The answer to this question is dependent on a selection of factors. These include your age, your driving licence type, and the maximum authorised mass (MAM) of your campervan.
So before you set off on a campervan adventure. These factors below will help determine whether you can hop in and drive on your current driver’s licence or not.
Maximum Authorised Mass (MAM)
There are multiple ways in which the weight of a vehicle is categorised, such as unladen weight (the weight of the vehicle with no passengers or goods onboard) and maximum authorised mass (MAM). MAM is the measurement that will be most relevant to you and this is the weight of a vehicle or trailer that includes the maximum load that can be carried safely when it’s being driven.
The MAM of your campervan should be shown in the vehicle owner’s manual and might be shown on a sticker or plate on your van. The MAM is sometimes also referred to as the gross vehicle weight or permissible maximum weight.
Some examples of maximum authorised masses (depending on vehicle models) are:
● Volkswagen T2 split screen = 1,750kg
● Volkswagen T2 bay window = 2,100kg
● Volkswagen T25 = 2,300 – 2,450kg
● Volkswagen T4 = 2,350 – 2,800kg
● Volkswagen T5 = 2,600 – 3,200kg
● Volkswagen T6 = 2,600 – 3,200kg
● Volkswagen Crafter = 3,000 – 5,000kg
● Mercedes-Benz Sprinter = 3,000 – 5,500kg
Driving Licence Types And Requirements
Depending on when you got your licence and what vehicles you’ve qualified to drive, there are a variety of driving licence categories that outline which vehicles you can legally drive. Each of these categories has a specific 1-3 letter and number code and the categories you will be interested in for driving your campervan are for cars (category B) and for
medium-sized/large vehicles (category C/C1).
Category C/C1 vehicles require a different test to the standard driving test in order for you to be legally permitted to drive them. Category C1 allows you to drive vehicles with a maximum authorised mass between 3,500kg and 7,500kg with a trailer up to 750kg. This range should cover you for the majority of campervans. However, if your campervan does have a MAM larger than this, a category C qualification allows you to drive vehicles over 3,500kg with a trailer of up to 750kg.
If you passed your driving test before the 1st of January 1997, you’ll usually be able to drive a vehicle and trailer that have a combined MAM of 8,250kg with your category B driving licence. This is unless you’ve reached 70 years old, at which point you’ll have to renew your licence and pass a medical to renew your category C1 entitlement to continue driving vehicles with a MAM of 3,500-7,500kg.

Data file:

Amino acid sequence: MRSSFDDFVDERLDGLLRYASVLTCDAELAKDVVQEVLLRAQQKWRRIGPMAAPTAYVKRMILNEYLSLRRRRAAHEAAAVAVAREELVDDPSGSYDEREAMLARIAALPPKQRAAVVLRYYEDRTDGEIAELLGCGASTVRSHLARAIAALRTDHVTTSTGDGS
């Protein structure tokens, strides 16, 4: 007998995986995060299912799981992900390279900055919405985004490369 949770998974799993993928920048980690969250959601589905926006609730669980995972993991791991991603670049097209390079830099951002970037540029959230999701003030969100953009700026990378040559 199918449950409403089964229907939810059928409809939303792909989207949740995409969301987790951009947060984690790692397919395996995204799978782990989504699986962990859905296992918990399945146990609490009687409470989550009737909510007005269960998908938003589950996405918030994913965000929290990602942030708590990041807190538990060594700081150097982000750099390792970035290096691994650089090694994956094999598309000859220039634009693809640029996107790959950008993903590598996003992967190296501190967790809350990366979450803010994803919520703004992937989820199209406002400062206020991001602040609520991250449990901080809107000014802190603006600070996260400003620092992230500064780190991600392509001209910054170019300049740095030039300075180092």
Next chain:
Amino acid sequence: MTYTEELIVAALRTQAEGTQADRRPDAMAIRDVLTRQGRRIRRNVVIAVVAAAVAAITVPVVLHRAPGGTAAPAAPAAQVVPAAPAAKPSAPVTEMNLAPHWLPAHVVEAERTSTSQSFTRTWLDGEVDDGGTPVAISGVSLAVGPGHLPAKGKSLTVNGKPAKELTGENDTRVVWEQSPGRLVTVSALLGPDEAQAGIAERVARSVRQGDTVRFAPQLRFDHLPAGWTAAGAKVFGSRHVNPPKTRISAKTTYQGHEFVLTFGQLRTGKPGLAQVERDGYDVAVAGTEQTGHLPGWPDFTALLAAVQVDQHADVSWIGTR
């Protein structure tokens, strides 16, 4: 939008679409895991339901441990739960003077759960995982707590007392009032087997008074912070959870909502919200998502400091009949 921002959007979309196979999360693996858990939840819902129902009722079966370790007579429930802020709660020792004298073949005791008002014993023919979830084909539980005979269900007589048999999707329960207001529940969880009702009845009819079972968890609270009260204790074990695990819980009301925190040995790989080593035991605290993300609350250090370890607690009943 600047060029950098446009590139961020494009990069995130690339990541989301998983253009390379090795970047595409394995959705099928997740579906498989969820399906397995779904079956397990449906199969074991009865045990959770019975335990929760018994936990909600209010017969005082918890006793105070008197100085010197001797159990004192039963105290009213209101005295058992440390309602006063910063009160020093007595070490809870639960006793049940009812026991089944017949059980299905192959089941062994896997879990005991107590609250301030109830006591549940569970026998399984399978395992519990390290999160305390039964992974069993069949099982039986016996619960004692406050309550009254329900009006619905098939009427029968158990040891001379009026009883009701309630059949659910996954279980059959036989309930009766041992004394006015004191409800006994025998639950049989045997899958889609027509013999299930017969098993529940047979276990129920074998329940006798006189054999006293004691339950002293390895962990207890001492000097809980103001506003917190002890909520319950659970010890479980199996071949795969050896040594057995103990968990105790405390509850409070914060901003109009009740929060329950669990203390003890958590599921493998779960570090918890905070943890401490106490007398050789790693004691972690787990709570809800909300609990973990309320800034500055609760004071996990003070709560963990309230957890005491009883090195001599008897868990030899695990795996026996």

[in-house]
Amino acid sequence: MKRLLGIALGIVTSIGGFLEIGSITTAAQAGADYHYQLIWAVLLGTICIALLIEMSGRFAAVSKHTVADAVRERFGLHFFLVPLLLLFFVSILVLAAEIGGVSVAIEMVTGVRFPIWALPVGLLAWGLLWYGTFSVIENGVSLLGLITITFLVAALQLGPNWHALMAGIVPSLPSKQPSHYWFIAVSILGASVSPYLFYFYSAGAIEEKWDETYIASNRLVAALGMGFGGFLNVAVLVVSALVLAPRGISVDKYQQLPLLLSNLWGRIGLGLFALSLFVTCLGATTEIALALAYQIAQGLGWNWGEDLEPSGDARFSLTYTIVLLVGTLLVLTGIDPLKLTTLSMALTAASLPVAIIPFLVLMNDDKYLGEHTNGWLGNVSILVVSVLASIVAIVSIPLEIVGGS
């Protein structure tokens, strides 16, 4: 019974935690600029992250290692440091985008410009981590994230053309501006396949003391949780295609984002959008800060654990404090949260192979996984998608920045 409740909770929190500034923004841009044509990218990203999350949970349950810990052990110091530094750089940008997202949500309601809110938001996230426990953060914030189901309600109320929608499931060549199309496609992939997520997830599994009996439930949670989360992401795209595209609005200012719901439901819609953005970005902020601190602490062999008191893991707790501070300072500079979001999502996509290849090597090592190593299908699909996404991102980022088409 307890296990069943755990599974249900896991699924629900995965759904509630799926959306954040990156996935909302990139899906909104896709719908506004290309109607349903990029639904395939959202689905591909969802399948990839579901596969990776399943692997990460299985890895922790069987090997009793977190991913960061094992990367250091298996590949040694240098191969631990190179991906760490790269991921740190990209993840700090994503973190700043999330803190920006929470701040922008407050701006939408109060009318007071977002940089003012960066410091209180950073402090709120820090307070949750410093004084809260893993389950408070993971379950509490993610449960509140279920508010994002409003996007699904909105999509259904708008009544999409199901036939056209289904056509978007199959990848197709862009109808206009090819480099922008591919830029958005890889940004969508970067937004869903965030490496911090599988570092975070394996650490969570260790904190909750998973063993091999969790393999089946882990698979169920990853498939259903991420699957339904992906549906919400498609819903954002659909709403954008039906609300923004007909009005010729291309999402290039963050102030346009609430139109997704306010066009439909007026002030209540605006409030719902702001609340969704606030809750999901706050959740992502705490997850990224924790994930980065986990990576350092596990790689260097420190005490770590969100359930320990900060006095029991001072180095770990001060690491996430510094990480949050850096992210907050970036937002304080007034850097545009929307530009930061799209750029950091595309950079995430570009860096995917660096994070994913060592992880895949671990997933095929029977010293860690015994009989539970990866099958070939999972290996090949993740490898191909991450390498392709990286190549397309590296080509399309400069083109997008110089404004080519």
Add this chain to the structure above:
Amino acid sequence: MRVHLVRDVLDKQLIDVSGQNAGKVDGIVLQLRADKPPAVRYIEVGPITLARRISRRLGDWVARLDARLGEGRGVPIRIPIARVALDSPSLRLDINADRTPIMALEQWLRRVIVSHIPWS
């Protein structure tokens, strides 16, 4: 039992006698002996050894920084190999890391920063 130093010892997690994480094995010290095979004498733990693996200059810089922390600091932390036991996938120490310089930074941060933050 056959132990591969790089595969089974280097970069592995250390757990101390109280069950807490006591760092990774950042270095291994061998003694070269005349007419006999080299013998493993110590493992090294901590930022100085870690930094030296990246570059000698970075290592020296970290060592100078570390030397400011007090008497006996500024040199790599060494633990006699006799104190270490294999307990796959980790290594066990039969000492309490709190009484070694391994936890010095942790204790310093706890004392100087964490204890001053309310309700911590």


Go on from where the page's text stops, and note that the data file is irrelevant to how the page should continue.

However, if you passed your driving test on or after the 1st of January 1997 your category B qualification will only entitle you to drive vehicles with a maximum authorised mass of up to 3,500kg. This should cover smaller and medium-sized vans but if your van has a larger MAM you’ll have to take the test to earn the C1 qualification.
Upgrading Your Licence
In order to apply for a C1 licence you’ll have to be over the age of 18 and already hold a category B licence. You will then be required to take a medical assessment as the medical standards for a C1 licence are higher than for a category B driving licence. This medical test is done by doctors, who will fill in a D4 medical form, and has two parts: a vision assessment and a medical assessment.
Once you have completed this medical assessment you can apply for a provisional licence to get provisional entitlement to drive a larger vehicle. To do this you’ll need to submit a D2 form, which you can order online from the DVLA or collect from a post office. When you have the provisional licence, you can attempt the theory test. This theory test consists of 3 sections: a 100 question multiple-choice test, a 19 clip hazard perception test and a 50 question case study test.
Once you’ve passed your theory test, you can book onto a practical test. This test has two parts, the first of which is similar to the category B driving test and is a 90 minute test that assesses your safety knowledge and practical driving skills. Like the category B driving test, you can pass with 15 or less minor driving faults and no serious or dangerous faults. The second part of the test is a practical demonstration that shows you can correctly and safely load and unload your van, stop the trafficking of illegal immigrants, assess emergency situations and reduce physical risk to yourself and others. Full information about what it takes to get your C1 licence can be found on the gov.uk website.